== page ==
* Central America grows 20 percent of world’s arabica coffee
* Costa Rican coffee farmers waiting for prices to rise
* Some high-quality roasters look to Vietnam, China as alternatives
By Marcy Nicholson
NEW YORK, July 10 (Reuters) - The Central American coffee market has been nearly paralyzed by fears of its worst-ever outbreak of leaf rust, as well as a collapse in futures prices, which have combined to create a standoff between big roasters and small farmers.
As a result, some buyers are looking to Brazil, East Africa, China and Vietnam for beans from the 2013/2014 crop, while Central American farmers are reluctant to sell, hoping for a bounce in prices that have slumped to a four-year low.
“People are not buying, fearful that the coffee won’t be delivered, and the producers are not selling due to low prices,” said Eric Thormahlen, president of the National Chamber of Coffee Exporters in Costa Rica, a producer of arabica beans.
“Producers are waiting for a price miracle and they are also waiting to see how big the harvest for next year will be to start selling.”
Some coffee buyers are reluctant to risk broken deals if the disease, known as “roya,” cuts deep into the upcoming crop from Central America.
While it is clear that Central America’s high-quality arabica crop will likely suffer, the extent of the damage will not become apparent until August or September. That is when coffee cherries will appear, enabling more accurate production estimates, and is also when the bulk of the roasters are expected to start signing contracts.
Coffee leaf rust appears as powdery orange spores on the underside of infected leaves, eventually turning them black and causing them to fall off, either killing or significantly weakening the tree, reducing yields and affecting bean quality.
“No one is really selling the new (Central American) crop because we don’t know what the impact of the roya fungus is going to be,” said Ray Keane, president of mid-sized green coffee importer Balzac Bros., in South Carolina.
“Producers don’t want to sell it, exporters don’t want to sell it, importers don’t want to risk it. But there is pretty good Brazil business being done.”
It remains to be seen whether the increased interest in Brazilian coffee due to the uncertainty over Central America’s upcoming crop will further boost the value of beans from the world’s top grower.
Central America produces around one-fifth of the world’s arabica coffee, and much of its high-quality beans with unique taste profiles is grown at high altitudes.
The current 2012/13 (October/September) Central American crop was reduced by around 15 percent, to 17.3 million 60-kg bags due to roya, with 2013/14 production expected to be hit even harder by the fungus, the International Coffee Organization said in its June report.
In May, the ICO reported the leaf rust outbreak in Central America was the worst since it first appeared in the region in 1976. Coffee crops in Mexico and Peru were also hit by the disease in the 2012/2013 crop year.
The benchmark arabica coffee price on ICE Futures U.S. dropped about 60 percent to a four-year low below $1.20 per lb at the end of June, from a 34-year high more than two years ago as Brazil harvests another huge crop.
“I don’t think anyone in Central America’s panicked for selling coffee today because the general view is there won’t be enough,” said one U.S. importer.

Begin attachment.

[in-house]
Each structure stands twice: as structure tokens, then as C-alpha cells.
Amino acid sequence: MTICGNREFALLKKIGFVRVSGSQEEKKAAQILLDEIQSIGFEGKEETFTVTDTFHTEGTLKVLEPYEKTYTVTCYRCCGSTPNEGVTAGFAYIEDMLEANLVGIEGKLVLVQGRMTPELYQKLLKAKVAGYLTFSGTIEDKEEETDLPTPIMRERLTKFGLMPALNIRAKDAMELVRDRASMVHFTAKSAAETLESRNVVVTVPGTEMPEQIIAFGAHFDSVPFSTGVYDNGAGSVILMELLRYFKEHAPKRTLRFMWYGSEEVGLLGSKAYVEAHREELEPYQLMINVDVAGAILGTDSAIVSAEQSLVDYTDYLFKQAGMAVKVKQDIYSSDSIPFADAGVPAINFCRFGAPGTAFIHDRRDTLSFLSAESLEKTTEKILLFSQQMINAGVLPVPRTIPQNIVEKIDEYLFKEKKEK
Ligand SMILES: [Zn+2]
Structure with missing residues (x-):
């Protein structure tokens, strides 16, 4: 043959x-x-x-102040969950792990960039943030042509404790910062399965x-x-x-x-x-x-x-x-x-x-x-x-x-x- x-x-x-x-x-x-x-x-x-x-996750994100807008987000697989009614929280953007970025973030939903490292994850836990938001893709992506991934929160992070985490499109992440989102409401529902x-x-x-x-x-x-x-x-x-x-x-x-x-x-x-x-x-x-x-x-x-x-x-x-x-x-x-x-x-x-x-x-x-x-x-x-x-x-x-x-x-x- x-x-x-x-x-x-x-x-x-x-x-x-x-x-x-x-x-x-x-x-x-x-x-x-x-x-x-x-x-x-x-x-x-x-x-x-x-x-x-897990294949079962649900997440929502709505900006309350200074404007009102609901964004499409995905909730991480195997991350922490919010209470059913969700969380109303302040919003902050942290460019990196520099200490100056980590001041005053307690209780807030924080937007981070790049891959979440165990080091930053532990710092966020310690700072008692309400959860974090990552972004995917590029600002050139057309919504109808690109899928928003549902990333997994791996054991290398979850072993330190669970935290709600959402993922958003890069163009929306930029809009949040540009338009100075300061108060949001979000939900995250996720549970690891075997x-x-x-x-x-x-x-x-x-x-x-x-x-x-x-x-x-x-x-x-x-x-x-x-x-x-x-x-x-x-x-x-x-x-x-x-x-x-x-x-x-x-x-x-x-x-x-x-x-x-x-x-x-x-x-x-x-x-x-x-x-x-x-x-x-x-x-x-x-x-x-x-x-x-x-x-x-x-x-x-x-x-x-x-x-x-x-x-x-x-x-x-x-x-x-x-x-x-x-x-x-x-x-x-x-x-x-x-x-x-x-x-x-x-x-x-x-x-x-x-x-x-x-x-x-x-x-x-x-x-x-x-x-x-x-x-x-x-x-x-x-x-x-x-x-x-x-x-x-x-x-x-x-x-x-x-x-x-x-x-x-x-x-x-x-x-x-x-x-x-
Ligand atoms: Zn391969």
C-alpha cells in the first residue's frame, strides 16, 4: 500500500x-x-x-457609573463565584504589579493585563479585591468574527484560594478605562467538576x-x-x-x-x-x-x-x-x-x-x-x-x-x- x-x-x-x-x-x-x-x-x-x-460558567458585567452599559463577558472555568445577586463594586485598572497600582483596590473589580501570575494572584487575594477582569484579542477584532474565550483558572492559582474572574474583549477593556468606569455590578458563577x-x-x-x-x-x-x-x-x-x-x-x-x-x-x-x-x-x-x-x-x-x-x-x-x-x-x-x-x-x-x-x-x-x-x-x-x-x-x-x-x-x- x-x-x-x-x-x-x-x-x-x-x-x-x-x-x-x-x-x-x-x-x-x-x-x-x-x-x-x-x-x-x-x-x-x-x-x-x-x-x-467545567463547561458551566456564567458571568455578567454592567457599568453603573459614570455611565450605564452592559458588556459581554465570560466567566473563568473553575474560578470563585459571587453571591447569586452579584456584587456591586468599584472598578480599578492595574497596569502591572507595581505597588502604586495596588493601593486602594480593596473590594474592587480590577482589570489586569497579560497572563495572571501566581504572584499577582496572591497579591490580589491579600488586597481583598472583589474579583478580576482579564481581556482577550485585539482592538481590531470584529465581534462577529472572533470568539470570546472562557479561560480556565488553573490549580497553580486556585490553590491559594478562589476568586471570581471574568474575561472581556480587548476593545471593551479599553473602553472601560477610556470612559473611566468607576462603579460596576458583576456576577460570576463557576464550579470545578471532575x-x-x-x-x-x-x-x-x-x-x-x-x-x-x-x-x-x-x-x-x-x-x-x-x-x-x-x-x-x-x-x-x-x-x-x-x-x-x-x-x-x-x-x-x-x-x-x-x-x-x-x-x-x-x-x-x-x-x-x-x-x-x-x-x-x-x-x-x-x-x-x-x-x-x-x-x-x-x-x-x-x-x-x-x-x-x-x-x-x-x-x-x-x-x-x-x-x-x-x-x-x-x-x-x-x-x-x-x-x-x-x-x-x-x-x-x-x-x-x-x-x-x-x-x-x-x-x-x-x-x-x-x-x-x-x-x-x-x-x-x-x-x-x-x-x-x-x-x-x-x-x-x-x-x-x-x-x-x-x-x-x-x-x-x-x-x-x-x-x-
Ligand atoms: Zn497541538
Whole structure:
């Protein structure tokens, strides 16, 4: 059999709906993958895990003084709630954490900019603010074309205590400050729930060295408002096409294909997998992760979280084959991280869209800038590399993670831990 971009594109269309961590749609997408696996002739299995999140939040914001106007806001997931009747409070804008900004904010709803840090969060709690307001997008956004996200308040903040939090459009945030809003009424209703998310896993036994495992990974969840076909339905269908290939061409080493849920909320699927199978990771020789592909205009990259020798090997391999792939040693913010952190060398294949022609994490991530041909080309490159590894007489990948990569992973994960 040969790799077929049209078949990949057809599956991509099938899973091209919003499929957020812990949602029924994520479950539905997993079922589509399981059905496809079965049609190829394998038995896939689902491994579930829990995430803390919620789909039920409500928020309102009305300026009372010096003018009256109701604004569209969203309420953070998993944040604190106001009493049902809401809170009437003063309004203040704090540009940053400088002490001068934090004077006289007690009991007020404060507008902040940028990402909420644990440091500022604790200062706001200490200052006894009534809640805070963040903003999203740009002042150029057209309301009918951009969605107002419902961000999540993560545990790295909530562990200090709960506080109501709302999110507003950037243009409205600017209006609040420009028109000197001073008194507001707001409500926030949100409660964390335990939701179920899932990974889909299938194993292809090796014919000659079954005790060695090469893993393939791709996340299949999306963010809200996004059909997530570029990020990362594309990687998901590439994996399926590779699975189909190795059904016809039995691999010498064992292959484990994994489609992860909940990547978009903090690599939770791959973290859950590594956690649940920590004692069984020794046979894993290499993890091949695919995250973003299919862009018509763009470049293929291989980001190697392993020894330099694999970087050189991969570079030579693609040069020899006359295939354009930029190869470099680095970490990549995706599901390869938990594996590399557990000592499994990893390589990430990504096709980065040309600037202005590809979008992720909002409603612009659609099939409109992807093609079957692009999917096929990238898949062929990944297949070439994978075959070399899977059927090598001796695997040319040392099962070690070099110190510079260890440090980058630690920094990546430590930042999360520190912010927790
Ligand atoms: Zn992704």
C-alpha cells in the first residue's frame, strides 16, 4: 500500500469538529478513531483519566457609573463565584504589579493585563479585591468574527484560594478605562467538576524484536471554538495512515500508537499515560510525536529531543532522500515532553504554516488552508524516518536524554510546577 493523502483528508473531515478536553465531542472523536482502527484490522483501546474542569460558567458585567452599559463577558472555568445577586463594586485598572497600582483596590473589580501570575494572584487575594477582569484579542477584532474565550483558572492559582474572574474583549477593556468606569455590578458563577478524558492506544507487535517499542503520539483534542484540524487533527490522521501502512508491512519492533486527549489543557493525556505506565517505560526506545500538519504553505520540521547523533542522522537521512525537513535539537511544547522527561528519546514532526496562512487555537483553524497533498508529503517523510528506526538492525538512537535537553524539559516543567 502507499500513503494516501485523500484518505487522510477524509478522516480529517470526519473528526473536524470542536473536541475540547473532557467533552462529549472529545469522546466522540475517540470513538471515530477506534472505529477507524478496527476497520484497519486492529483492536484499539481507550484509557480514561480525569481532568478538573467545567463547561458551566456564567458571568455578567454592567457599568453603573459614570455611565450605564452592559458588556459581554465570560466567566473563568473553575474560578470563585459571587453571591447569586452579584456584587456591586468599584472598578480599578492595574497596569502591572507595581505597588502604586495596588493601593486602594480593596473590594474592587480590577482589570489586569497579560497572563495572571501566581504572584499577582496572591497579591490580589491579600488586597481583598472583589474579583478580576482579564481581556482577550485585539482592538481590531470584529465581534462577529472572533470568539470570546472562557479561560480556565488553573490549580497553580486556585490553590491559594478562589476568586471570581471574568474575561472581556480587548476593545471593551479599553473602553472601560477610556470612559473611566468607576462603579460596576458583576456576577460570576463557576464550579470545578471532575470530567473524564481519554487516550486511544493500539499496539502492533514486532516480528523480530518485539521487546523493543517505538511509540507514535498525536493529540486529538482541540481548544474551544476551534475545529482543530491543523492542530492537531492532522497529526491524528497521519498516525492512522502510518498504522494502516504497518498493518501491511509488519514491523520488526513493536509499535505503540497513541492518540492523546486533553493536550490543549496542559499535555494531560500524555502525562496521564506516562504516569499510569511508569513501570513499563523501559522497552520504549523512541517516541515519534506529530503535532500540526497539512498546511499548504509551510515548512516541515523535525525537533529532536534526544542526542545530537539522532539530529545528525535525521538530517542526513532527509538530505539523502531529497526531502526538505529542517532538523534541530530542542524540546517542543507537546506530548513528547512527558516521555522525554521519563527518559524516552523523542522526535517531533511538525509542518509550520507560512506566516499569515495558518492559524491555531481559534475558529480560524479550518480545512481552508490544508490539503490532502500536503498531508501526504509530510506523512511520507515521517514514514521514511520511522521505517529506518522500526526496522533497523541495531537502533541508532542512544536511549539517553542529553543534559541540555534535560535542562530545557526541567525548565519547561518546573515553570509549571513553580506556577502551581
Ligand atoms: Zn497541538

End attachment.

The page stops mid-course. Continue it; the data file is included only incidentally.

Premiums for the Brazil’s finer beans COFSAN-23-NYC on the physical market are currently at 1.5 cents per lb over ICE Futures U.S. benchmark prices after trebling in value in the six weeks to the end of June.
In Nicaragua, premiums for high-quality arabica COF-NIC-NYC on the physical market are at 15-month highs, almost double end-January levels, as supplies have fallen toward the end of the marketing season.
The leaf rust situation has caused John Gozbekian, a buyer for Coffee Reserve Brands in Phoenix, Arizona, to order some beans from Vietnam for the first time, and he has his eye on China as another option, which would be another first for him.
“It’s the roya that has spurred my keeping options open for other origins,” Gozbekian said.
Others are looking toward East Africa for high-quality arabicas. The ICO forecasts production in Ethiopia to have jumped by 19 percent to 8.1 million bags in 2012/13, and in Tanzania by a whopping 90 percent to 1 million bags.
“I‘m looking for back-up origins in case quality is affected,” said Michael Boyd, buyer for Boyd Coffee Company in Portland, Oregon. He said East Africa is a good alternative.
But the biggest beneficiary appears to be Brazil, which is currently harvesting its 2013/14 crop (July/June).
“Those who are roasting low-grown washed arabica coffees, to a degree, are bypassing Mexico and Central America for Brazil,” said one U.S. veteran coffee dealer.
While medium- to large-sized roasters often have flexibility to buy beans from different countries for their blends, many high-end roasters offer distinct taste profiles and single-origin brews.
Many high-quality roasters are firming up producer relationships with extra visits to Central American farms.
“If I don’t go back to meet with the group of farmers I bought coffee from, someone else will,” said Andrew Miller, owner of Cafe Imports based in Minneapolis.
Nestle Nespresso operates farmer training programs in Central America that do not obligate the producers to sell to it but has helped build relationships with farmers.
Guillaume Le Cunff, Nespresso’s international marketing and strategy director, expects those efforts to pay off when yields drop and he needs to secure high-quality beans later this year.
“I wouldn’t say we don’t have any concern,” Le Cunff said. “We do all that we have to do and I think we have the tools to secure supplies.” (Additional reporting by Isabella Cota in San Jose; Editing by Dan Grebler)